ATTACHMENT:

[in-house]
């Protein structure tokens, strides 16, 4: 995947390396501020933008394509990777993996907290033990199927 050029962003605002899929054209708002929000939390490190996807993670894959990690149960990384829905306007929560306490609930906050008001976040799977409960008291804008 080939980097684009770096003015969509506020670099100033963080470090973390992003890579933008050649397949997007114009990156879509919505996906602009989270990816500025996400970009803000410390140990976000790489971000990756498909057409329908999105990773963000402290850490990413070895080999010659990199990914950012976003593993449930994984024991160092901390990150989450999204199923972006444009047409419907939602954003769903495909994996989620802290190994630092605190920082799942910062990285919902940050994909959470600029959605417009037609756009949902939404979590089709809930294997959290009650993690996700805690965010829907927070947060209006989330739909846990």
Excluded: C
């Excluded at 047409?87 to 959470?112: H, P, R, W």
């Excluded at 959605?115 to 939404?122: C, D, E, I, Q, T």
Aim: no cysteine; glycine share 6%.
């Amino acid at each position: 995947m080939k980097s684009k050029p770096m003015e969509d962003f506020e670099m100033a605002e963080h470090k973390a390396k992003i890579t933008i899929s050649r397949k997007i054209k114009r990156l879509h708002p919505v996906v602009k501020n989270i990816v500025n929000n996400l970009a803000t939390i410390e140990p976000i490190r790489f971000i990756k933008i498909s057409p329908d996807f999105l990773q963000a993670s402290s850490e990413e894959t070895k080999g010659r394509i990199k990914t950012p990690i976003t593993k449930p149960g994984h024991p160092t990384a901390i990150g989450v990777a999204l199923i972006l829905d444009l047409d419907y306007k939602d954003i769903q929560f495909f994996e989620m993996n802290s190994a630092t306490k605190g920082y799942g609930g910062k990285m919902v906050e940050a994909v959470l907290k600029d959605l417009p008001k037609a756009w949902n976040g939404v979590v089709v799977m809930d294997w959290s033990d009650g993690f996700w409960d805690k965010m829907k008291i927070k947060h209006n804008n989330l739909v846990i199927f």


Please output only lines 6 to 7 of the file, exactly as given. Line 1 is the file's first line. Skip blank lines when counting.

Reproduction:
Aim: no cysteine; glycine share 6%.
């Amino acid at each position: 995947m080939k980097s684009k050029p770096m003015e969509d962003f506020e670099m100033a605002e963080h470090k973390a390396k992003i890579t933008i899929s050649r397949k997007i054209k114009r990156l879509h708002p919505v996906v602009k501020n989270i990816v500025n929000n996400l970009a803000t939390i410390e140990p976000i490190r790489f971000i990756k933008i498909s057409p329908d996807f999105l990773q963000a993670s402290s850490e990413e894959t070895k080999g010659r394509i990199k990914t950012p990690i976003t593993k449930p149960g994984h024991p160092t990384a901390i990150g989450v990777a999204l199923i972006l829905d444009l047409d419907y306007k939602d954003i769903q929560f495909f994996e989620m993996n802290s190994a630092t306490k605190g920082y799942g609930g910062k990285m919902v906050e940050a994909v959470l907290k600029d959605l417009p008001k037609a756009w949902n976040g939404v979590v089709v799977m809930d294997w959290s033990d009650g993690f996700w409960d805690k965010m829907k008291i927070k947060h209006n804008n989330l739909v846990i199927f």